Davids Tea- 1$ Orthodox Tea Promotion Part I

  When leaving work on Friday I noticed that Davids was offering this promotion till November 14. Since the price was right I will be getting at least one tea each day (if I can).

  Korean Sejak -Green tea

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    White Peony- Green tea

Both teas were pleaseing in the mouth. Sejak kept me going back for more. It represented itself  as almost a Gyokuro.
    White Peony was smooth, perhaps miss labelled or I forgot the correct name. It was not as creamy as I find Silver Needle but a nice alternative.

Till next time~

Darjeeling Jungpana First Flush- Davids Tea

         To start out my weekly tea reviews I picked out my favorite Darjeeling so far (sadly finished it too with this review…).  I originally bought this tea in an attempt to flesh out my taste for Darjeelings, instead it has kept me close to other light Darjeeling (such as Teaopia’s Ambootia Darjeeling). At a mere $15.00 for 50g it was well worth trying.  Disappointingly it is “limited time only”, thus I am in a search for a new one to replace it or to try.
         The Davids Tea website says this:

Darjeeling Jungpana First Flush


A legendary tea

First flush teas are usually plucked after the first spring rains, marking the end of the long Himalayan winter. From the remote Jungpana Estate, deep in the mountains of India, this is a delicate tea with a woodsy taste and aroma. In case you were wondering, FTGFOP 1 stands for Fine Tippy Golden Flowery Orange Pekoe, first grade. Sounds like a mouthful, right? Trust us, it’s one of the best mouthfuls you’ll ever taste.

 Like always Davids Tea creates a little story or juicy description for their teas. This one keeps to the origin of the tea and tries to promote the estate. For my review I conducted it at work so that I could ensure the quality of water and temperature, at a latter date I will have the means to check the temperature at home. Below are my basic tools: a simple infuser and a glass mug. I used about two teaspoons to around 14oz of 100 Degree C water. The water at work is filtered four times in the back room and have not had any problems with other teas I have smuggled in.

 After steeping the leaves for three minutes I removed the filter. The leaves were quite green prior to steeping (forgot to take this image) and even more so after. The wet leaves smelled sweet, apple like, grassy and reminded me of fogy mist.
     The tea itself tasted smooth, mild, slightly sweet with a bit of honey and almost toasty. It reminded me a bit of Japanese green teas I have had in the past, or perhaps it was the lingering flavor in my cup from Genmaicha. I had cleaned out the cup thoroughly before hand . I am not entirely sure.  I hope to get a bit more of the tea before their supply runs completely out, again though if anyone has some suggestions I am open to them.

AFTER NOTES: As this is my first review (since Sumatra Highland) I hope to get better at describeing teas as well as prepare for taking the Tea Sommelier Exam (when I get there, wish me luck). I hope to get better at takeing tea photos as well, I recall seeing a toutorial for this and will look it up for the next review. Till then look forward to your next cup of tea!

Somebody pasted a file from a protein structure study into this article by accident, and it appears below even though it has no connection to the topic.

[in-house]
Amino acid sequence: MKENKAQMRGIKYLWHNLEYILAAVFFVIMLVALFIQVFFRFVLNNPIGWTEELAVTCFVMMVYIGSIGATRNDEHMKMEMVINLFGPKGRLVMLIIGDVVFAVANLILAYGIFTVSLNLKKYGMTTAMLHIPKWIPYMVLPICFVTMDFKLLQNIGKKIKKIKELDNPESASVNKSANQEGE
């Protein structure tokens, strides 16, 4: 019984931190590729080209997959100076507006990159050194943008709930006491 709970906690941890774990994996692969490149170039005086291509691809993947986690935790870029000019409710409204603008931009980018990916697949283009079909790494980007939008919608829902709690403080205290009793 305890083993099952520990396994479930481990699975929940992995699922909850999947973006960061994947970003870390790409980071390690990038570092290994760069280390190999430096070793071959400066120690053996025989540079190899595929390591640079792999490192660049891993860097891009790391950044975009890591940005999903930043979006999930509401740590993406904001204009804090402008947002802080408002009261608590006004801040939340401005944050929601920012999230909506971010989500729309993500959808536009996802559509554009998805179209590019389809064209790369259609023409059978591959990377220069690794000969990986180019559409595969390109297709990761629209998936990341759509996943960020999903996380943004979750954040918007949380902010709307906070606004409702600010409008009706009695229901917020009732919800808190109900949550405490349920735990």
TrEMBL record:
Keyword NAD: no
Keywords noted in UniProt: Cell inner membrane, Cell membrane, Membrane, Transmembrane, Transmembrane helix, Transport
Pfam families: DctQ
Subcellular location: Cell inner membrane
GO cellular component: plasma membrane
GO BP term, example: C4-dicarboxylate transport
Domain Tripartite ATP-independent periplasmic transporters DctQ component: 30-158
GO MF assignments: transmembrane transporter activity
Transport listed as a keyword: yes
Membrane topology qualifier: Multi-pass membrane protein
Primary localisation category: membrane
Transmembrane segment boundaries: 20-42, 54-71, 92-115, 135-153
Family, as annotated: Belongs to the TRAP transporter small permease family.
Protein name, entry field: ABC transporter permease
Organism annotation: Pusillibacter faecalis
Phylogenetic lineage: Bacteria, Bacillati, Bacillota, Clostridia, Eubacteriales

Toronto’s Tea Takeover- Eye Weekly Article Review

Image Copyright: EyeWeekly

EYE WEEKLY
In the current issue of Eye Weekly they have covered the very evident tea renaissance of Toronto.
Took them long enough to notice the large amount of shops that opened over the last year. They stated that every 6 weeks a new one opened over last summer. One of those being Majesteas just south of my Riverdale home.
Their focus was mostly on Davids Tea, leaving out Tsaa and barely mentioning others (Majesteas, Tao Tea Leaf, House of Tea, Tea Emporium etc). I can understand the focus since Teaopia (My work) has been hidden along the Path inside the Scotia Plaza for 3 years now. The path is difficult to navigate when you are not used to the signs or maps. Only a short mention about David Bellisario, who owns Teaopia, in a single paragraph about his start in Mississauga.
It is nice to start with Davids (Segal)since it was on Queen Street they made their debut, but my location has been in Toronto for a much longer time. I wish the writer had thrown together a small list of the shops and gave reviews of them, as there is little to be seen on the Best of Toronto web page for Tea.
In all, the article was information on the background of Teaopia as well as other tea houses. Especially their starting point as I wish to own a small shop that will be inside my gallery in the future. Or perhaps even talk to either David about having a mini shop with in it (Or any of my new tea friends, any takers?). The options are there, only the future can tell. My question for you is what will happen to all the coffee shops with the tea-boom in this generation?

** Update: Also Teaopia is an older company. Having started in 2005 while Davids started in 2008, from what I have been told.  How will this turn around will the T-Cafe’s Teaopia is opening?  So far it is a hit, I have had majority of the regulars come in talking about the service being amazing. (13/10/2011)